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authorities. His communication to Governor Pickens explained why he did not open fire on the assailants.

In that letter, he said to the Governor, “Two of your batteries fired, this morning, upon an unarmed vessel bearing the flag of my Government. As I have not been notified that war has been declared by South Carolina against the Government of the United States, I cannot but think that this hostile act was committed without your sanction or authority. Under that hope, and that alone, did I refrain from opening fire upon your batteries.”

In reply, the Governor informed him that his letter had been received, and that "certain statements in it very plainly showed that he, (the Major), had not been fully informed, by his Government, of the precise relations which then existed between it and the State of South Carolina; that the political connection formerly existing between them had ceased; that the Government of the late United States had been officially notified of that fact,” and though it still retained possession of Fort Sumter, he plainly intimated that it had been obtained dishonorably.



THE annexation of Texas had cost the United States, through the Mexican war, a hundred millions of dollars, beside many valuable lives. In addition to all that, the Government undertook to pay the debts of Texas, amounting to some ten millions more. All the indemnity the Government had, for so vast an outlay, was, that the public lands of Texas were ceded to it. Being thus out of debt and in the Union, with an enlarged boundary, acquired by the United States' arms, she caught the secession fever, claiming that by secession she would re-acquire all the domain she had formerly ceded to the United States. General Houston resisted to the last the call for a convention, and yielded only, when it was clear that it would be called without his authority, if he would not concur. The convention met on the first day of February, 1861, and passed a secession ordinance with but little opposition.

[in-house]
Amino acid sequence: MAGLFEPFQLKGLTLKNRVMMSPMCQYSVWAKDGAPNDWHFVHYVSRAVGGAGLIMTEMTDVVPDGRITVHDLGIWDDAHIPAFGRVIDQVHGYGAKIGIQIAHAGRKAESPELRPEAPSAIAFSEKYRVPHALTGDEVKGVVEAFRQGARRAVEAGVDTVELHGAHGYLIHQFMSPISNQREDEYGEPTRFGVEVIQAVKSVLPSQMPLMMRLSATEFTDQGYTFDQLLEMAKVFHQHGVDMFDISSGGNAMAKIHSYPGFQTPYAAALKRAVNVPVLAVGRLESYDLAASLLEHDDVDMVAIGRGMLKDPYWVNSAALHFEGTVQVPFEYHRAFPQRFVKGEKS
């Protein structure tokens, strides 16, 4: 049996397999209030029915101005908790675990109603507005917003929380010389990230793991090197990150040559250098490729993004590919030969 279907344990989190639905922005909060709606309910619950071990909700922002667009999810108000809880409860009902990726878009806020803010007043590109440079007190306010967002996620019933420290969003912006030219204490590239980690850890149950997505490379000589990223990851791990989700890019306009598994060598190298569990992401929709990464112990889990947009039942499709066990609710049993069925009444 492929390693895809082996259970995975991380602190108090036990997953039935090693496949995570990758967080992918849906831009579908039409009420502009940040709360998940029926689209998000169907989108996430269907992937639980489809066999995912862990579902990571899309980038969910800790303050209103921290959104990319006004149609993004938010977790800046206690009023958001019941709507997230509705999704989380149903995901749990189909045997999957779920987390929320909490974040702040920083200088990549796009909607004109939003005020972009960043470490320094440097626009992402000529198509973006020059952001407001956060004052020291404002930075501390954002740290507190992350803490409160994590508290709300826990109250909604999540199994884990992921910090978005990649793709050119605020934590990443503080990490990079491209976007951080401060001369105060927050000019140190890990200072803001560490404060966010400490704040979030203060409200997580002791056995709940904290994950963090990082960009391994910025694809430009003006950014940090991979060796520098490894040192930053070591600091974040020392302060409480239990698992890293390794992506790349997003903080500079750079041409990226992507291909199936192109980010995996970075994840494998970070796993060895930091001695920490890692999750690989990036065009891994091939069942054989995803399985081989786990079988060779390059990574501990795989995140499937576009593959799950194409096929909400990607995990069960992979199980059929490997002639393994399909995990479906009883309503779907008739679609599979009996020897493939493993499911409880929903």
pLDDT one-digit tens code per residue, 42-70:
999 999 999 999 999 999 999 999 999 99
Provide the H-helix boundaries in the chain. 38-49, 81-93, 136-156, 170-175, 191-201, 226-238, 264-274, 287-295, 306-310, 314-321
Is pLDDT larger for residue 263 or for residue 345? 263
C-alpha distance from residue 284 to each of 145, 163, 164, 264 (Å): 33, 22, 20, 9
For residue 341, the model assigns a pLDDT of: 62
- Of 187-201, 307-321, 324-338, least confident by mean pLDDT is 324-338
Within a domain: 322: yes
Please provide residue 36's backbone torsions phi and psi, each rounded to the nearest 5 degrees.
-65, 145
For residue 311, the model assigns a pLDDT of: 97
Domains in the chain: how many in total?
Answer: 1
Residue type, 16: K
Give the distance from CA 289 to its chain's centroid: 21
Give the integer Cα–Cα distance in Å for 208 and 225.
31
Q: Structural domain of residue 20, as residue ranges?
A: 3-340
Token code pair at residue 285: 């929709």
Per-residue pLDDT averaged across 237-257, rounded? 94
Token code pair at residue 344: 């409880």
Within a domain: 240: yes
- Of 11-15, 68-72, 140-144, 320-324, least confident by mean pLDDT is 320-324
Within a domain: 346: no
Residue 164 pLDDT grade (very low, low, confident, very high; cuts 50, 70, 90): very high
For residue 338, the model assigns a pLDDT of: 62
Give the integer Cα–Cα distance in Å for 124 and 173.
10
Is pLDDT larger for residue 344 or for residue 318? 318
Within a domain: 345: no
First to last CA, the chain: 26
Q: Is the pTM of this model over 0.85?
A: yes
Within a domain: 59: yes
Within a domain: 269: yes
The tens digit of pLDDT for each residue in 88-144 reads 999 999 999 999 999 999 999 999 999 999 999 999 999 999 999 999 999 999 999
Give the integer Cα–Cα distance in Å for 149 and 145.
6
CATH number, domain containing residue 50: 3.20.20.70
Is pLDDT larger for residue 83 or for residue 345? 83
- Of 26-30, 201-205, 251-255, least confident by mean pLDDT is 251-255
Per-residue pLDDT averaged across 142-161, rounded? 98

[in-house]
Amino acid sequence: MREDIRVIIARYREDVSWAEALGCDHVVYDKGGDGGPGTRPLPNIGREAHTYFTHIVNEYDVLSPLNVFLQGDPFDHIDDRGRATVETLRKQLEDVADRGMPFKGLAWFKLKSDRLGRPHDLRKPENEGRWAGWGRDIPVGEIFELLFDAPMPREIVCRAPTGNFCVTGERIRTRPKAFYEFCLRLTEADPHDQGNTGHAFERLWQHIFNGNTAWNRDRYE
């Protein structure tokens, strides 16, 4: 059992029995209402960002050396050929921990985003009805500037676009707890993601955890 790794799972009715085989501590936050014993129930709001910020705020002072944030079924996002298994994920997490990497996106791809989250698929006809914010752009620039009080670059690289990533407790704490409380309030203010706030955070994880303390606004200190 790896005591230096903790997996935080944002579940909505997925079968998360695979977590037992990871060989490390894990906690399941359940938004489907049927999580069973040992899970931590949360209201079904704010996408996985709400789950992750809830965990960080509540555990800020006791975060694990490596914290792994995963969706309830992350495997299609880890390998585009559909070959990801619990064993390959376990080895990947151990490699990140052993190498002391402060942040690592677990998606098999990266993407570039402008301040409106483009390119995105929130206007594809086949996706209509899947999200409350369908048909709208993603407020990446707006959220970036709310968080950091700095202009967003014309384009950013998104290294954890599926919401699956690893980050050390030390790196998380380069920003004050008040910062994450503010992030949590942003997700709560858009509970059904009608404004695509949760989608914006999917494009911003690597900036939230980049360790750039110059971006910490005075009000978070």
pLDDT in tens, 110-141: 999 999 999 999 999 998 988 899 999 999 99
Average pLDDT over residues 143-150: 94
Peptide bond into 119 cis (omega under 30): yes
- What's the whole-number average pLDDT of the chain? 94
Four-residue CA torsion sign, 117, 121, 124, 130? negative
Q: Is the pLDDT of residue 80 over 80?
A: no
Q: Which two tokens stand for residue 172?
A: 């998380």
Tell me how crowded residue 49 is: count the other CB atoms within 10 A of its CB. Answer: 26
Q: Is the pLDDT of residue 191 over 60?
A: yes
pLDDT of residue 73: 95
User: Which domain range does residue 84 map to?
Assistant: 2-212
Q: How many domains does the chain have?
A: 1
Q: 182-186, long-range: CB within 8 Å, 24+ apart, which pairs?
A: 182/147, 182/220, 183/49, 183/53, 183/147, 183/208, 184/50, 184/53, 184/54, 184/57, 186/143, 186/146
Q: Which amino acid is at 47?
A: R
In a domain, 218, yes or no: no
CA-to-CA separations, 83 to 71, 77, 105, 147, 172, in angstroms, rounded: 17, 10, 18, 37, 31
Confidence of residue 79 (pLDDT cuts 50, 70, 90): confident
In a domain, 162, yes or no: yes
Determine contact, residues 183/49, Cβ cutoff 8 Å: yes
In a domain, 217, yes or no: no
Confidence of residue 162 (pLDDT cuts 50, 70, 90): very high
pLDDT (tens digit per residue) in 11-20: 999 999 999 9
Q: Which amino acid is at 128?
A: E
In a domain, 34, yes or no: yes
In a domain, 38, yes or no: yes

General Twiggs, who had been in command of the Texas department for several years, was suspected of disaffection to the Government; and Colonel Waite, who was then at Camp Verde, in Texas, was ordered to relieve General Twiggs of his command, immediately on his arrival at San Antonia. Before his arrival, however, General Twiggs, who it appears had been treating for the purpose with the secessionists as early as the 7th of February, surrendered, on the 18th, all the Government property and troops in his command to Texas, comprising nearly one-fourth of the whole effective military force of the United States, at that time. Thus, by a perfidy that might well astonish the nation, was an army of 3,000 men and 121 officers, composing a regiment of cavalry, thirty-three companies of infantry, and five companies of artillery, stationed in thirteen forts and ten camps, fully provisioned and equipped, together with 35,000 stands of arms, 26 pieces of mounted artillery and 44 pieces unmounted, 1,800 mules, 950 horses, 500 wagons, 500 sets harness, $250,000 in tools, wagon materials, nails, iron and horse-shoes, $7,000 in corn,